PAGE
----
Life at 33 1/3: The Hollies – how it all began


Between April 1963 and May 1965, The Hollies released 7 singles, 5 EPs and 2 albums, and transformed themselves from a rickety novelty act with clumsy rhythm & blues-aspirations to a fully fledged and extremely powerful hit machine that would spearhead British pop music through the mid and late 60’s and even give The Beatles a run for their money.

Allan Clarke has retired and Graham Nash is doing his own stuff, as he’s been doing ever since he left The Hollies in 1968 for America and Crosby, Stills & Nash.  But original members Tony Hicks and Bobby Elliot are still out there keeping The Hollies alive, doing the concert rounds, making people happy.

This then, is how it all began.

“(Ain’t That) Just Like Me” / “Hey What’s Wrong With Me” (Parlophone, R 5030) – Released: May 1963

You gotta start somewhere.  The Hollies do it with a misjudged loan from The Coasters.  The song’s novelty definitely had expired by 1963, and rhythm & blues for kids never caught on big anyway.  The silly lyrics borrow stanzas from children’s songs like “Mary Had A Little Lamb”.  The band seem so embarrassed with the words that they shoot out of the verses and dive into the propeller fast choruses with visible relief.

Guitars rattle, drums are pure 1963 and the guitar solo frantically tries to copy Chuck Berry.  Who could have predicted that this band would end up as one of the biggest hit-makers in British pop music history?  Anyway, this was how the pride of Manchester started out (Oasis eat your heart out!)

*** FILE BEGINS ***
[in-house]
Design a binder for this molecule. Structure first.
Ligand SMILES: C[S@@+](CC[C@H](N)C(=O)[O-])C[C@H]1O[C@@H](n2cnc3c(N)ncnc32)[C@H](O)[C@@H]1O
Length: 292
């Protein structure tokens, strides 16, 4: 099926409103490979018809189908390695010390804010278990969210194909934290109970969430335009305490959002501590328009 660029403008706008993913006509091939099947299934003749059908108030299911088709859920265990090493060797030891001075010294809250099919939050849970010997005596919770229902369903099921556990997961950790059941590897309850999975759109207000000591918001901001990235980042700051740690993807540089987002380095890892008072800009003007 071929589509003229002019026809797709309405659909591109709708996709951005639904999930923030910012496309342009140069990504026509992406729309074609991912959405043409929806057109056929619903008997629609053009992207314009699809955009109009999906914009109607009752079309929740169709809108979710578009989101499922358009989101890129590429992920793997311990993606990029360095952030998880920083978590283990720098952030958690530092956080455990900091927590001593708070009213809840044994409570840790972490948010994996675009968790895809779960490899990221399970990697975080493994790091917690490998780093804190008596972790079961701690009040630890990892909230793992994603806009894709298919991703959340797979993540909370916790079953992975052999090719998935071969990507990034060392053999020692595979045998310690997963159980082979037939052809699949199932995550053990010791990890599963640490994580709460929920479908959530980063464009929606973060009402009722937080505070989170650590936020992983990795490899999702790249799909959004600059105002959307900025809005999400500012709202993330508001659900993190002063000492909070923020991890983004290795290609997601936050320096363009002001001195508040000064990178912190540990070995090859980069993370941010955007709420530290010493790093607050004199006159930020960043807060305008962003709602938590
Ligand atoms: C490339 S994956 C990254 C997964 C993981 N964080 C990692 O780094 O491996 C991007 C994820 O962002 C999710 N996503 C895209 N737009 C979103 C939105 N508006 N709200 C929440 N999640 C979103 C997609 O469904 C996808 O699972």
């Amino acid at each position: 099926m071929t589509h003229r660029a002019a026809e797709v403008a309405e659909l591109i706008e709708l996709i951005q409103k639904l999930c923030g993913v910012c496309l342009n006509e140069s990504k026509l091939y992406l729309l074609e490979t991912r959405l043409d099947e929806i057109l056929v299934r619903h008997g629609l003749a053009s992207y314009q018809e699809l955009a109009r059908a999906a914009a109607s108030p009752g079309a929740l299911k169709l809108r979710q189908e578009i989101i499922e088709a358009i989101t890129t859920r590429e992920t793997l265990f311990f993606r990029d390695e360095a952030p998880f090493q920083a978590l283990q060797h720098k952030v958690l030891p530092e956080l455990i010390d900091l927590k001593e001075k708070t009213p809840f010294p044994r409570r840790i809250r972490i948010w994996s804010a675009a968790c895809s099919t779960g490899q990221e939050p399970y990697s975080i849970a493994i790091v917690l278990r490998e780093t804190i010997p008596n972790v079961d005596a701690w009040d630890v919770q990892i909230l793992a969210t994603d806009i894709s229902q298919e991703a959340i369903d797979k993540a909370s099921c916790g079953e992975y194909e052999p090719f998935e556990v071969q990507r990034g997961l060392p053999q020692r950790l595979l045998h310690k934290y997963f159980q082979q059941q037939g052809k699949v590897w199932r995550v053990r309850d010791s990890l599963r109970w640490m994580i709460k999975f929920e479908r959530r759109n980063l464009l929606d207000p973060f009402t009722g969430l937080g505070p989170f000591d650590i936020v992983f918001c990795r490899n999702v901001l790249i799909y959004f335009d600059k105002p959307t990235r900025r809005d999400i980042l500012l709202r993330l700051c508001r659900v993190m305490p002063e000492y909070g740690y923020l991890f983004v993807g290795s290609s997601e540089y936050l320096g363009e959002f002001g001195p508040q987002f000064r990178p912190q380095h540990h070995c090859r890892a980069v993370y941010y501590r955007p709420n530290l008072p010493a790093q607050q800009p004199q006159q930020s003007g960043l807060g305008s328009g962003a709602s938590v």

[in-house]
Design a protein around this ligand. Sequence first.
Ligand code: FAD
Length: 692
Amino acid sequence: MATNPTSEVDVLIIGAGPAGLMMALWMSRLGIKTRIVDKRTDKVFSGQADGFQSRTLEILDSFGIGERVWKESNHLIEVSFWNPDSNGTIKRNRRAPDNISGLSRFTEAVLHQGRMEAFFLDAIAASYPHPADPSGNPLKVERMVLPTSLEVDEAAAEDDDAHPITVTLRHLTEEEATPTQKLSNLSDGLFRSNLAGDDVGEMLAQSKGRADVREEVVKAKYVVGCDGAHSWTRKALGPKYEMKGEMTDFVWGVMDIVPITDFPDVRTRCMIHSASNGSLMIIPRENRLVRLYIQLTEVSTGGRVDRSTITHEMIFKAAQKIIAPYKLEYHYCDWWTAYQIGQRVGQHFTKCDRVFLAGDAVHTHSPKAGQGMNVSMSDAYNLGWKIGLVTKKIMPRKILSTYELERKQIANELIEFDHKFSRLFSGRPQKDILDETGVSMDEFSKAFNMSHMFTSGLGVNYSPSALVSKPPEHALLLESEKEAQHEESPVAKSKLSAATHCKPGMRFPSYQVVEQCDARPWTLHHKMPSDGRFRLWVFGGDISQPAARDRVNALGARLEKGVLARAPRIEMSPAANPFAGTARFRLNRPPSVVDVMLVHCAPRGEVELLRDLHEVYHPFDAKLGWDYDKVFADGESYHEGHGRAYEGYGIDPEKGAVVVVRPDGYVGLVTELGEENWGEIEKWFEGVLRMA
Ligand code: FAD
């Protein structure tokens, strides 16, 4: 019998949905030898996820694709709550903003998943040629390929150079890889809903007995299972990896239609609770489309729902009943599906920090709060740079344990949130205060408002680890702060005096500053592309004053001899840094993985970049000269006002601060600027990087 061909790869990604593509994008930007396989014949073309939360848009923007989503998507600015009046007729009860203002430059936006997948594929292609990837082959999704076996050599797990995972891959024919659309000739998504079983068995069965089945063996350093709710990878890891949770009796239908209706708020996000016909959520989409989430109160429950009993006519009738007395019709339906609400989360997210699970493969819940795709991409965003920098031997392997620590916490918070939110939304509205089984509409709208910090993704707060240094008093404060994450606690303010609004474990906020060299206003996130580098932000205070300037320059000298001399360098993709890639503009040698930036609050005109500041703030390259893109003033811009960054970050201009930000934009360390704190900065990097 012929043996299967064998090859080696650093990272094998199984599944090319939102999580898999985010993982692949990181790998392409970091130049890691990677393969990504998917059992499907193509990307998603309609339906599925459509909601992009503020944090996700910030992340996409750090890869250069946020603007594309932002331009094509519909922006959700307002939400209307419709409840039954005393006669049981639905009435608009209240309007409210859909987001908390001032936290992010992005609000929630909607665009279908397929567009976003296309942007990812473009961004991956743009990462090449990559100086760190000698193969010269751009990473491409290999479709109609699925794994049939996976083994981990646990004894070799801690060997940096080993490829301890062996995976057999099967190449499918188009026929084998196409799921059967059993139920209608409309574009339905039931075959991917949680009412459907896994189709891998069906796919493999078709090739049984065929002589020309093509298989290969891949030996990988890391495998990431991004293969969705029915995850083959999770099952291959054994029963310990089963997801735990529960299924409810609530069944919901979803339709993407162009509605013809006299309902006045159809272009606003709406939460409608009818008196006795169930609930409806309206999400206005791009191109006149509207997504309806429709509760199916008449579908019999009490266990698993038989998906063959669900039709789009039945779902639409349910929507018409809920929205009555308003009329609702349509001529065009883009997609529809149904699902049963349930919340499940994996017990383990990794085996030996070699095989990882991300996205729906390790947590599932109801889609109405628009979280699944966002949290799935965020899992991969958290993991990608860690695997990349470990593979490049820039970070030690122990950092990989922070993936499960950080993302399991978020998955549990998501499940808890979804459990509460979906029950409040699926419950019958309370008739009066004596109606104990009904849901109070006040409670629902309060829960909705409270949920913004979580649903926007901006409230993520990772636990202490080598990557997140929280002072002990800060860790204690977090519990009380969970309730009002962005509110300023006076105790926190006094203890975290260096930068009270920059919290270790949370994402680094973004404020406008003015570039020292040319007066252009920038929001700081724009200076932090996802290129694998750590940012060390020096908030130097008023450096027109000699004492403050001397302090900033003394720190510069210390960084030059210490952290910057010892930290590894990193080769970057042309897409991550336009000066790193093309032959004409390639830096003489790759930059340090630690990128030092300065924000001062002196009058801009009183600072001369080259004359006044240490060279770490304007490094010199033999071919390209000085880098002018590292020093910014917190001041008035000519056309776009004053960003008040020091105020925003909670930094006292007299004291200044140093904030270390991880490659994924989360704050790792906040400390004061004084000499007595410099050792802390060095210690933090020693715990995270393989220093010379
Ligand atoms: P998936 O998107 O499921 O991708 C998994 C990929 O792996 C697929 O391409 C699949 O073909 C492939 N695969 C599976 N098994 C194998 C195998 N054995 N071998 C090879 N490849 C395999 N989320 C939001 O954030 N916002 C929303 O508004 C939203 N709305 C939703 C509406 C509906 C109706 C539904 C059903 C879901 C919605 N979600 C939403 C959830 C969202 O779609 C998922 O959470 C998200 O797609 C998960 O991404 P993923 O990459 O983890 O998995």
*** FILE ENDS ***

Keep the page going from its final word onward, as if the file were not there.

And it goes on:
B-side “Hey What’s Wrong With Me” is Buddy Holly meets the fast walking bass of The Beatles’ “I Saw Her Standing There”, with their vocal harmonies of “Twist And Shout” thrown in for good measure.

“Searchin” / “Whole World Over” (Parlophone, R 5052) – Released: August 1963

In the early 60’s every British band had “Searchin ‘’ on their playlist.  The Beatles performed it frequently in Hamburg.  The raw rhythm & blues classic was written by legendary team Jerry Leiber & Mike Stoller for the humorous, but extremely talented The Coasters.  Their version reached #3 in the US in 1957.

The Hollies’ version is adequate, but not very original.  They play it tough enough, the rhythm a bit square wheeled, the call-response criss-crossing between lead vocal and backing singers quite exciting.  But it still sounds very much like a cover and the attempt to copy the humour which is an important element in The Coasters’ original version, seems oppressively forced.

A lonely harmonica, Buddy Holly’s soft sobbing melancholia and the Everly Brothers’ vocal harmonies grace the workmanlike B-side, written by Allan Clarke and Graham Nash.

“Stay” / “Now’s The Time” (Parlophone, R 5077) – Released: November 1963